Wednesday, October 16, 2013

The Skwala Perlodid stonefly: Back -- briefly -- to the Northwest

Just back from Oregon where we've been visiting our daughter in Portland.  On Sunday, we went to the North Fork of the Lewis River in southern WA where I just couldn't resist looking through leafpacks and turning over some rocks.  I found a number of stoneflies, all the same -- the Perlodid stonefly, genus Skwala: S. americana or S. curvata, I'm not really sure which.  You may recall that I found one in Montana in August as well, and as I noted in the entry I posted, the "Skwala hatch" is a major hatch in the Northwest in March and April.

For identification I've used Stewart and Stark, Nymphs of North American Stonefly Genera, pp. 448-451 (good illustrations on p. 450).   There they describe S. americana -- but remember they're describing a nymph that's fully mature: the nymphs I found were still very small.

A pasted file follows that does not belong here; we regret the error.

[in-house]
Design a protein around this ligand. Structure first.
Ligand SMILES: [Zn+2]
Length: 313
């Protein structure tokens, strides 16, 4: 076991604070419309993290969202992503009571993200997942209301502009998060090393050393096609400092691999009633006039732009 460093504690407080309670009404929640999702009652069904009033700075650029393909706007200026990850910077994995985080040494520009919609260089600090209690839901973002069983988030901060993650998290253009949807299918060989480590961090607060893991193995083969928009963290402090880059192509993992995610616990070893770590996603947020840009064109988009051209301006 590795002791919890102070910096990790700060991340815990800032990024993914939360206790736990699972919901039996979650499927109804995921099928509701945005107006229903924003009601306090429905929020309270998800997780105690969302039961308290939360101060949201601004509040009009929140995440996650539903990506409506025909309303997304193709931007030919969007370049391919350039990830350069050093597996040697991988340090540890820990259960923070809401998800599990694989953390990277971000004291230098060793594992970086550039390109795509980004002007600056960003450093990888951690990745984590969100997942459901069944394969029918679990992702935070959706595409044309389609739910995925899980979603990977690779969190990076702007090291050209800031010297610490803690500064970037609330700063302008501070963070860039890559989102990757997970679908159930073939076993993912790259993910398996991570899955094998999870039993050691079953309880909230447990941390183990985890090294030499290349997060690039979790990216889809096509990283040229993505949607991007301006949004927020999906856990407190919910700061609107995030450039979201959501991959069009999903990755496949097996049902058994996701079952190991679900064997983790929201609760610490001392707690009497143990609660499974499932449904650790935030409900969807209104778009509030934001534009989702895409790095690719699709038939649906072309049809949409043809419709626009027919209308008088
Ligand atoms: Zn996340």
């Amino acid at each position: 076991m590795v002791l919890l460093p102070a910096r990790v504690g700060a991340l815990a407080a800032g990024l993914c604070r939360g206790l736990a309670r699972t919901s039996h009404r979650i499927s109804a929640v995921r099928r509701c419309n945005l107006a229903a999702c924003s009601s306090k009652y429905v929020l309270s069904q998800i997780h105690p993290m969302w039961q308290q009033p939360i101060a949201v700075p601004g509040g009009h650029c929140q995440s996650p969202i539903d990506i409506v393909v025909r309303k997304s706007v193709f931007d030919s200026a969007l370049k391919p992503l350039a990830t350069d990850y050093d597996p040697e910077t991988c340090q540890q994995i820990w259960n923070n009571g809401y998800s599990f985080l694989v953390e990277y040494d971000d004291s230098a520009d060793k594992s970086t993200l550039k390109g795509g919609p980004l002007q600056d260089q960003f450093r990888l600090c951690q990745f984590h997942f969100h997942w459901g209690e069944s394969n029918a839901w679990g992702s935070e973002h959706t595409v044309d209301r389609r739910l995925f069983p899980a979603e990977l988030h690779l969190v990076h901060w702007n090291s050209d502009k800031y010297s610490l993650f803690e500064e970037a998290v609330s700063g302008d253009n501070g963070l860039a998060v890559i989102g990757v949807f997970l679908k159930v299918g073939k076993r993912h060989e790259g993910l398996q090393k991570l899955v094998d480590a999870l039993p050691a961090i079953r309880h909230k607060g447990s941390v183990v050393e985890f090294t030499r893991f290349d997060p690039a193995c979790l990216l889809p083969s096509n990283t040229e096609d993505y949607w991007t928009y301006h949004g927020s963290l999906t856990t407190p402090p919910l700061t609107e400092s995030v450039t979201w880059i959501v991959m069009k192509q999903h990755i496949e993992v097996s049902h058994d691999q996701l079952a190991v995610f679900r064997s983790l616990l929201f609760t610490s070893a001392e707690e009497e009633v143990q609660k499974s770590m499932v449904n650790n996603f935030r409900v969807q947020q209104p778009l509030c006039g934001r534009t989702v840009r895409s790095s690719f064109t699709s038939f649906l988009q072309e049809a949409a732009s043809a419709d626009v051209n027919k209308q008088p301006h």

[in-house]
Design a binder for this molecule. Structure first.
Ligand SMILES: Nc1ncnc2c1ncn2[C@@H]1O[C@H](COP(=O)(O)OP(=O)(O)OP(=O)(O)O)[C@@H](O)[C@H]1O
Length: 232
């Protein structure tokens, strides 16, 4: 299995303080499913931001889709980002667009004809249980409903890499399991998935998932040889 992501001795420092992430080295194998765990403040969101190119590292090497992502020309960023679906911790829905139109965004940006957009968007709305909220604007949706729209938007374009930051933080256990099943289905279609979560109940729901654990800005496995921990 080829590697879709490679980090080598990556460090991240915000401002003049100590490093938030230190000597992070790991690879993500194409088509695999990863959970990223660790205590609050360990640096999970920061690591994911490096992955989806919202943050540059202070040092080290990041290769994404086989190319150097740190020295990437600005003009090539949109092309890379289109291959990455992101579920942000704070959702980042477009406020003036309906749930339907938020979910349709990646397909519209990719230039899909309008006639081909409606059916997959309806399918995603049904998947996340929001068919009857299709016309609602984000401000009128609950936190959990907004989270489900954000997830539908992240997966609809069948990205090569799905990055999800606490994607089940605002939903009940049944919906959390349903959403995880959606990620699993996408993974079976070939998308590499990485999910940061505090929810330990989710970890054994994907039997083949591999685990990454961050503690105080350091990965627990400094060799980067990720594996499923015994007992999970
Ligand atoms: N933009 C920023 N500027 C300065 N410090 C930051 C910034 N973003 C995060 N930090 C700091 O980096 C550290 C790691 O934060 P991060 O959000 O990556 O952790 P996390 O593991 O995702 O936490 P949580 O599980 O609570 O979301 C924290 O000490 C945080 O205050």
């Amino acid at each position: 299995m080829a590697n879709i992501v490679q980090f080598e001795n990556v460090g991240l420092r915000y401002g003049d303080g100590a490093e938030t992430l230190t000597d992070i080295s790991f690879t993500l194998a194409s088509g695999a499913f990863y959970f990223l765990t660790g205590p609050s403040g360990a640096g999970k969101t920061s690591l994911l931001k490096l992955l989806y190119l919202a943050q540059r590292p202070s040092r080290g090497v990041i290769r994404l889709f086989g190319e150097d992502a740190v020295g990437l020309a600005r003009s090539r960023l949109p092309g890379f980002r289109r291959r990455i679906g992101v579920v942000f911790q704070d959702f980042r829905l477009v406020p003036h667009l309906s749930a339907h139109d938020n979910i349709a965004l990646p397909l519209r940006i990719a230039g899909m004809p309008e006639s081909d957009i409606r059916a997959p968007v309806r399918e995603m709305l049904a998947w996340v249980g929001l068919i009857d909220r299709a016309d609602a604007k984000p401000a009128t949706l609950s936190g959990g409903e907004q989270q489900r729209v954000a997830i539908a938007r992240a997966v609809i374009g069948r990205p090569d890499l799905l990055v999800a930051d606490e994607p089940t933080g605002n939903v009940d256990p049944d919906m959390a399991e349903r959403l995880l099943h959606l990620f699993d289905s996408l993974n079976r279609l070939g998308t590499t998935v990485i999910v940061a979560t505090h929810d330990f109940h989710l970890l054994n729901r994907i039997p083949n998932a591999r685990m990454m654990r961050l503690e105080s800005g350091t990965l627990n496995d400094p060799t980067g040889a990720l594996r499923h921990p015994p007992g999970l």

1. head

"Head dark with lighter M mark forward of anterior ocellus and incomplete light mesal bar; 2 oval, light occipital spots inside eyes, broken with reticulate dark lines and bordered behind by narrow band of stout spinules."  Works very well.

2. lacinia

"Lacinia bidentate with tuft of setae on a low knob below subapical tooth and continuous inner row of marginal setae."  You bet.

3. mesosternal ridge

"Y-arms of mesosternum reach anterior corners of furcal pits."  For sure.

I hope I get to see some mature nymphs some spring.  But even these immature nymphs were colorfully patterned.


I only had a short time to look for some insects, but I also managed to find a few mayflies -- the small minnow mayfly, Baetis tricaudatus, and what appeared to be a small Leucrocuta flathead.

1. B. tricaudatus, male

(and check out those eyes!)

Baetis tricaudatus, female

2. And the small Leucrocuta


(Lucia Falls on the North Fork of the Lewis.  Spectacular!)

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